Thoughts On Dry January, Diets and a Recipe for Salmon Tacos

It won’t surprise you, but I don’t do dry January. Nor do I do diets. I reign myself in, become a little more pragmatic and try and restore balance by eating a little lighter but still in normal amounts. Or rather, I start eating normal amounts. Replacing sour cream with yogurt. Eating more fish and less meat. A bit more salad. Lots of avocados. Frying less, although still a little. Lighter Brighter cooking is what I shall call it. It is all about being aware that every little bit makes a difference but not killing the enjoyment of it. Food is sustenance and a source of great pleasure. The key to health is home cooking, moderation and exercise. And good sleep. With diets, I think a lot of people feel better not because they have cut out a food group (don’t get me started), but because they have started paying attention to what they eat, and what they cook. One very big thing is cutting out processed food. Some go from not cooking at all …

Recipe: A little Indulgence with Chorizo, Smashed Pea, Mint & Scallops

We don’t eat enough fish. We really don’t. I don’t know why, for islanders, we have such an aversion to it and why it is so difficult to source good fresh fish. Of course, there are great fishmongers and we need to support them. Fish is so good for us, healthy and quick too cook too. It’s an ethical minefield but your fishmonger will advise what is good to eat. Ethical fish is often inexpensive too, there’s a lot of fish which we usually don’t eat – and therefore over fish – that tastes great too. Now, you hear scallops and you probably think ‘eeeek, they’re so expensive!’ And they are. Especially if you buy the ones that don’t harm the sea floor and taste better – and please do buy hand-dived scallops from your fishmonger if you can. However, there are ways of serving a scallop dish where it becomes a bit of a bargain. And that is to serve them with other ingredients that suit and also bring down the cost of the …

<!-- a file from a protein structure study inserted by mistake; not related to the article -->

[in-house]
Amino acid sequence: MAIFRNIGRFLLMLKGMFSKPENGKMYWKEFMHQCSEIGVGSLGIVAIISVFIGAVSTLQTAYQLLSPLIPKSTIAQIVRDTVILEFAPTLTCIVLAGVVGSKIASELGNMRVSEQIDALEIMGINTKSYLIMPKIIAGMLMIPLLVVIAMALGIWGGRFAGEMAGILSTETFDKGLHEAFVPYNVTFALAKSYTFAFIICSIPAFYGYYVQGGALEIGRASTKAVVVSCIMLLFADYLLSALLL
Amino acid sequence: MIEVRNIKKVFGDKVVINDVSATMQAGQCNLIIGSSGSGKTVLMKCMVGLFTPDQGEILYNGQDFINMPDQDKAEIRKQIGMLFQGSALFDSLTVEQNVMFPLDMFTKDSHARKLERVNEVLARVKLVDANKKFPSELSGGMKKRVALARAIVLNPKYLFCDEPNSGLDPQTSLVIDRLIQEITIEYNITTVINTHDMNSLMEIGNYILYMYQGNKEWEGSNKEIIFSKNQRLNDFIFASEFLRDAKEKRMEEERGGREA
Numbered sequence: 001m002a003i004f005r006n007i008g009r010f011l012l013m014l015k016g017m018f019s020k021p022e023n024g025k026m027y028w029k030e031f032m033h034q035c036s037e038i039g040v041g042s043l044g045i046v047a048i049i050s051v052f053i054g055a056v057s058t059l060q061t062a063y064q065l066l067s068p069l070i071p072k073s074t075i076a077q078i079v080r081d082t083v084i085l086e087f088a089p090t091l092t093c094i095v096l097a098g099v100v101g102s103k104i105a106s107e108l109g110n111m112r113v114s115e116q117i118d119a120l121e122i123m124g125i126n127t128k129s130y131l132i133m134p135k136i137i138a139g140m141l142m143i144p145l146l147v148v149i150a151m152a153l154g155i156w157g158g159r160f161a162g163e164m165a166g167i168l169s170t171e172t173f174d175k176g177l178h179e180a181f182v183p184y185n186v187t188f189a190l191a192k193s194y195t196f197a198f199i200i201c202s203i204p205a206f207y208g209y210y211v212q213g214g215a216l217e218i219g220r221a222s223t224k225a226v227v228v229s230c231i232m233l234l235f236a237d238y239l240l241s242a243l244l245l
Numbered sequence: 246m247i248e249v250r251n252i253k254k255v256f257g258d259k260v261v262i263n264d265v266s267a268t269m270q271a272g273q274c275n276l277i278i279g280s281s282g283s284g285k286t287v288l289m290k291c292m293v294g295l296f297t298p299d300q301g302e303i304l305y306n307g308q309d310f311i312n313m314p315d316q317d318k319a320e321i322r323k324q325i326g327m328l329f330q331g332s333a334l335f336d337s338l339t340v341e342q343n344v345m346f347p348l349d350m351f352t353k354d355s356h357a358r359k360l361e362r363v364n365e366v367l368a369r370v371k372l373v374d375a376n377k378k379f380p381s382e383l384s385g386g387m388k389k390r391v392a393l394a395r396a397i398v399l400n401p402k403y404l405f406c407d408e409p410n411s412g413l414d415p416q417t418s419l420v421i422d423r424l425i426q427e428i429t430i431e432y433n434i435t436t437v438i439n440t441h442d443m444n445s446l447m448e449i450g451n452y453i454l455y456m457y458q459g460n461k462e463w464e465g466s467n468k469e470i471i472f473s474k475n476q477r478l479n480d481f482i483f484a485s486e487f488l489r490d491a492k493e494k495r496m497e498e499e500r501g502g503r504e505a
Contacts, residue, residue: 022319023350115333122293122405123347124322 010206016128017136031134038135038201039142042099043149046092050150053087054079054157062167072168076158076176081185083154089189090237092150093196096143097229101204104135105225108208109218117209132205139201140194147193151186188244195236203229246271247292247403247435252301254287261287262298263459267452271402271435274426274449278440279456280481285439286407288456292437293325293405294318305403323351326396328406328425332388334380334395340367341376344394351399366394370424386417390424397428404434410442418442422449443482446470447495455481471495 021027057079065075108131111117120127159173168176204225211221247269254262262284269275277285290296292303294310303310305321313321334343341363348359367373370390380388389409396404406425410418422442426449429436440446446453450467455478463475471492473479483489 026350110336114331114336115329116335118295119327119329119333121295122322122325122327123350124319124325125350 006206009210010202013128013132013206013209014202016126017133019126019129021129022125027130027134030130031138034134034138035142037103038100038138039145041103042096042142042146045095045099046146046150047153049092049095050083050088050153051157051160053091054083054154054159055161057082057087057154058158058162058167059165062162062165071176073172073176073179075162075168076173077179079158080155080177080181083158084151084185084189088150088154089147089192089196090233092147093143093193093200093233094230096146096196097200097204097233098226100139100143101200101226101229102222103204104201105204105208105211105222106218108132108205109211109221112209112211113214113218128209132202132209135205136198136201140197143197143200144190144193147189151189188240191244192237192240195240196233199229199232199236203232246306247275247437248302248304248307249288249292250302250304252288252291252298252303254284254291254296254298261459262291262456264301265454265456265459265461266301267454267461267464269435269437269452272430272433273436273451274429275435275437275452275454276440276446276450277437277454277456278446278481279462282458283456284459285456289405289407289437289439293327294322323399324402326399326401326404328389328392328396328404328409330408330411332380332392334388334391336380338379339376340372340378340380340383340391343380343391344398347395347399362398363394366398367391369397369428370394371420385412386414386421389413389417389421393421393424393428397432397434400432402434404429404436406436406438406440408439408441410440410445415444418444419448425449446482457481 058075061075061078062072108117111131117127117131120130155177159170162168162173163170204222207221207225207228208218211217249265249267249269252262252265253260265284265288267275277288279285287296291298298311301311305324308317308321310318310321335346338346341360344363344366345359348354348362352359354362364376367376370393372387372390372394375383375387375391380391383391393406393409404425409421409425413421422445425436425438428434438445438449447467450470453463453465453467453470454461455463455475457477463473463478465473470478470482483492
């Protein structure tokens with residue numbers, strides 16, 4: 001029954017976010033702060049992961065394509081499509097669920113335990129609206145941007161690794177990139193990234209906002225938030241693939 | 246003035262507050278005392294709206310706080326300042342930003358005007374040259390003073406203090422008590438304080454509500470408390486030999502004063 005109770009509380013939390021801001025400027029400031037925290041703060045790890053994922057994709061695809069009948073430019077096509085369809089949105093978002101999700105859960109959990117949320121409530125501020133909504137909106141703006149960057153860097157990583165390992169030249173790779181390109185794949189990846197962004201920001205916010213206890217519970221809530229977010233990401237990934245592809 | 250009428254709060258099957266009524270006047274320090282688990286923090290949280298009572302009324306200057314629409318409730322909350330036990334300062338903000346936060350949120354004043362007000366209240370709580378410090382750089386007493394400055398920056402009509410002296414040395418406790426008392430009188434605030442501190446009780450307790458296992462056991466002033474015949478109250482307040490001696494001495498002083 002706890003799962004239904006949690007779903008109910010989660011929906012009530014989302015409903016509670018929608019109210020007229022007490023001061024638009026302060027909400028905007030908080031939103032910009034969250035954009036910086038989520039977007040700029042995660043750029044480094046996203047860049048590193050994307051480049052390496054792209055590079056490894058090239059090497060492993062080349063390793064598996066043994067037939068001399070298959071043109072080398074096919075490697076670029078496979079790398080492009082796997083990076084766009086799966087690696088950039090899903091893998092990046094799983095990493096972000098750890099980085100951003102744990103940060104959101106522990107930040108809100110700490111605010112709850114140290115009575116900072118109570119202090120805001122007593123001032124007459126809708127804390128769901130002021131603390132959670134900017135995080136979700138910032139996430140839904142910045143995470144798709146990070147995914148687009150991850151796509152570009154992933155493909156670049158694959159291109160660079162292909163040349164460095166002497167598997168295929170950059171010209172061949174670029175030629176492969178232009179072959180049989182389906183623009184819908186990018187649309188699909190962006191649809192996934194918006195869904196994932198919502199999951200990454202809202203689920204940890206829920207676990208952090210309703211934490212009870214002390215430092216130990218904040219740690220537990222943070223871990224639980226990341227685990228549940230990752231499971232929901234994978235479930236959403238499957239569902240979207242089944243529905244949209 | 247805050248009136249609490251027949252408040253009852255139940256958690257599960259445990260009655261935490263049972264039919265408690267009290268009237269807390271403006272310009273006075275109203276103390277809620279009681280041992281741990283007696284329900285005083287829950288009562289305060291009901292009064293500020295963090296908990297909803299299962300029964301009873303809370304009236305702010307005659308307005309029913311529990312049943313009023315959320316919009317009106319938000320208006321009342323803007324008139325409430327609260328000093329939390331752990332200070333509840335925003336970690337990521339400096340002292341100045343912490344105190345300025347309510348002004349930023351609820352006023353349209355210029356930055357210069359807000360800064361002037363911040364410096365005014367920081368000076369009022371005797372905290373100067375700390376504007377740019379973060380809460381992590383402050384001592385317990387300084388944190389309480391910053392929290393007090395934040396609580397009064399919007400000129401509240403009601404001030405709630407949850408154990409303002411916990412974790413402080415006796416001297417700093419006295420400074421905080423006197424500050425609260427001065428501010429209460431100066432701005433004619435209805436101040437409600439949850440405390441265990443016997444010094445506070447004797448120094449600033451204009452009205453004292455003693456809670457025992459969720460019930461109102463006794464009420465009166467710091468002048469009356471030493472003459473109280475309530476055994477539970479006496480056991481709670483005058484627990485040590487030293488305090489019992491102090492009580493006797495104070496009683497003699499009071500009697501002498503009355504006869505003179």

Recipe: Passion Fruit & Lime Salmon Ceviche

I went to Argentina, and I fell in love with Peruvian food. I loved the Argentinian food too, the sweetbreads particularly and the empanadas, especially those gorgeous beef ones from Mendoza. I have long been a fan of chimmichurri with steak, although, controversially, I like to make mine with fresh herbs.I prefer the fresher flavour and softer texture. The Peruvian food though, that was a revelation. I have been interested in Peruvian food for a while, and bought a number of Peruvian food ingredients when I visited Florida in February. Then my interest was piqued further when Astrid Y Gaston in Lima was selected for the Worlds 50 Best list (I tried the tasting menu at their Buenos Aires branch recently – more on that later). Then I met Martin, a Peruvian entrepreneur in London opening a Ceviche and Pisco bar in London later this year. It seems Peruvian food is in, and I can absolutely understand why. I just wonder why it took so long?! I arrived back in London last week obsessed and …